Southeast Alaska has seen a nearly 500 percent increase in the rate of young adults with Hepatitis C in the last five years. Hepatitis C is the most common chronic blood-borne infection in the U.S. An estimated three and a half million people are infected in the U.S.

For many years it was mainly reported in older generations, the Baby Boomers, infected with blood transfusions and organ transplants done before blood screening became widespread in 1992. The infection can also be spread by sharing needles and intravenous drug use and health officials say that’s likely a factor in the spike in cases in adults age 18 to 29 in Alaska. Other parts of the state are also seeing a rise in young adults with Hep C, but Southeast has seen the biggest increase.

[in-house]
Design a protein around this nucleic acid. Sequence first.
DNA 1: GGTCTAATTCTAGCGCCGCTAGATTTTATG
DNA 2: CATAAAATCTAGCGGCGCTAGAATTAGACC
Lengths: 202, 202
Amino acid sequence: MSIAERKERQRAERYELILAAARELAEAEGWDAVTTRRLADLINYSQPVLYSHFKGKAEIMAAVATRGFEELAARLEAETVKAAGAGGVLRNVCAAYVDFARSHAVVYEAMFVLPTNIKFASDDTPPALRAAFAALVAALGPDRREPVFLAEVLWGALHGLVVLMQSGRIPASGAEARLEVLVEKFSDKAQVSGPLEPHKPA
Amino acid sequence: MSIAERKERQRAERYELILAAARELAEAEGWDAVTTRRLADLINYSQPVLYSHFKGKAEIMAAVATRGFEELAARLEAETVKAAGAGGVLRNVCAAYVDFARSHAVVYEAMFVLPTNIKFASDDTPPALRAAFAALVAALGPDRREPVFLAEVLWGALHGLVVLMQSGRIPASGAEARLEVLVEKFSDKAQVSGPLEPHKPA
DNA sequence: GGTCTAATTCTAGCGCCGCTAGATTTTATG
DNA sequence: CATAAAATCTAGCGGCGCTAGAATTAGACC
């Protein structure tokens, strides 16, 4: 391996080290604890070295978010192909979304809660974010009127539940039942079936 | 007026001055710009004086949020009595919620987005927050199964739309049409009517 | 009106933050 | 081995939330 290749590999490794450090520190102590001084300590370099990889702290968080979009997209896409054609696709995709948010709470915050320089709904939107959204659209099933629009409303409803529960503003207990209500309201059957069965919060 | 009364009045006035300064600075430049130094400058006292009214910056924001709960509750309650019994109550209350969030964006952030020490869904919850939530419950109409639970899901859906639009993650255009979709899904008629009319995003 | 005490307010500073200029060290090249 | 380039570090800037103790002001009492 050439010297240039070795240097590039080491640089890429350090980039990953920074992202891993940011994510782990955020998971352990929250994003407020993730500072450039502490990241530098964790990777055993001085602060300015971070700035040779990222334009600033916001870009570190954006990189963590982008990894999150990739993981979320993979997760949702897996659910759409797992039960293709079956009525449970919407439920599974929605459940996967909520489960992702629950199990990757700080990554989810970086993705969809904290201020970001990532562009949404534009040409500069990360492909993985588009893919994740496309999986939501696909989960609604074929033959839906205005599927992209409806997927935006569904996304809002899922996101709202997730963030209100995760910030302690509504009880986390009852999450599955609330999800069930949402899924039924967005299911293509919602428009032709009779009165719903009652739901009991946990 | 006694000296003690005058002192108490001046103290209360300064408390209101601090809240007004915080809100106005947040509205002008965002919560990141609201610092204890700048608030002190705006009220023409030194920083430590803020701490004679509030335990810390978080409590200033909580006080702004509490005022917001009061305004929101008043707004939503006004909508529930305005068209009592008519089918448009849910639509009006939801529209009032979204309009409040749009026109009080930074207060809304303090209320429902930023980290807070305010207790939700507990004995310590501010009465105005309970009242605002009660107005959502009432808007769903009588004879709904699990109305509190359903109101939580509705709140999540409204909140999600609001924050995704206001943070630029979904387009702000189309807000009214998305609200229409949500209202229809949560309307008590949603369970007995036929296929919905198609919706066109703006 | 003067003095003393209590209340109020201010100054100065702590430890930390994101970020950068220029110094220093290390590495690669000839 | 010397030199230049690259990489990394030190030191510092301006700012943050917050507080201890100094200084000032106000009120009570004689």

Joe Viechnicki spoke with public health nurse Erin Michael, Liz Bacom, the Petersburg Medical Center’s lab and imaging manager and visiting nursing student Cat Curtiss about the disease.
There’s more information on the Centers for Disease Control and Prevention website.